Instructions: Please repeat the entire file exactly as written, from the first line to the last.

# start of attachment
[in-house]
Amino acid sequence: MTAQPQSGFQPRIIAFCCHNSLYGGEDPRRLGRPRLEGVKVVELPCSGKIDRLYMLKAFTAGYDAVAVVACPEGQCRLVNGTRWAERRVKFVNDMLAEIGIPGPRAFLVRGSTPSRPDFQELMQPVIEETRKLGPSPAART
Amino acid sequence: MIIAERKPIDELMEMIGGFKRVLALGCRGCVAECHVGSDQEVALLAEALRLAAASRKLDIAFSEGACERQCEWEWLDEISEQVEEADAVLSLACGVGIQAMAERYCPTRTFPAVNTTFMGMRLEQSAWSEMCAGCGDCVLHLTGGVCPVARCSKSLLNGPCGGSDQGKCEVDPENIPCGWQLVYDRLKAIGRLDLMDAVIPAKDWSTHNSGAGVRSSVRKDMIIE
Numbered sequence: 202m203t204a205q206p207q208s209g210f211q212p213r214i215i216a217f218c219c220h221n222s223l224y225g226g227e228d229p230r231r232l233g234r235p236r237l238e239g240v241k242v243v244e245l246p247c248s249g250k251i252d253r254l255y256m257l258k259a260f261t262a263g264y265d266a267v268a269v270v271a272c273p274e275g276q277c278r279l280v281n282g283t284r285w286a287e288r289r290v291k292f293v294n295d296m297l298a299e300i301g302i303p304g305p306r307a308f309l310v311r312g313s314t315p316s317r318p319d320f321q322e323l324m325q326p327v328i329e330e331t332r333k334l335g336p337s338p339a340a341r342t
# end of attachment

[in-house]
Amino acid sequence: MTAQPQSGFQPRIIAFCCHNSLYGGEDPRRLGRPRLEGVKVVELPCSGKIDRLYMLKAFTAGYDAVAVVACPEGQCRLVNGTRWAERRVKFVNDMLAEIGIPGPRAFLVRGSTPSRPDFQELMQPVIEETRKLGPSPAART
Amino acid sequence: MIIAERKPIDELMEMIGGFKRVLALGCRGCVAECHVGSDQEVALLAEALRLAAASRKLDIAFSEGACERQCEWEWLDEISEQVEEADAVLSLACGVGIQAMAERYCPTRTFPAVNTTFMGMRLEQSAWSEMCAGCGDCVLHLTGGVCPVARCSKSLLNGPCGGSDQGKCEVDPENIPCGWQLVYDRLKAIGRLDLMDAVIPAKDWSTHNSGAGVRSSVRKDMIIE
Numbered sequence: 202m203t204a205q206p207q208s209g210f211q212p213r214i215i216a217f218c219c220h221n222s223l224y225g226g227e228d229p230r231r232l233g234r235p236r237l238e239g240v241k242v243v244e245l246p247c248s249g250k251i252d253r254l255y256m257l258k259a260f261t262a263g264y265d266a267v268a269v270v271a272c273p274e275g276q277c278r279l280v281n282g283t284r285w286a287e288r289r290v291k292f293v294n295d296m297l298a299e300i301g302i303p304g305p306r307a308f309l310v311r312g313s314t315p316s317r318p319d320f321q322e323l324m325q326p327v328i329e330e331t332r333k334l335g336p337s338p339a340a341r342t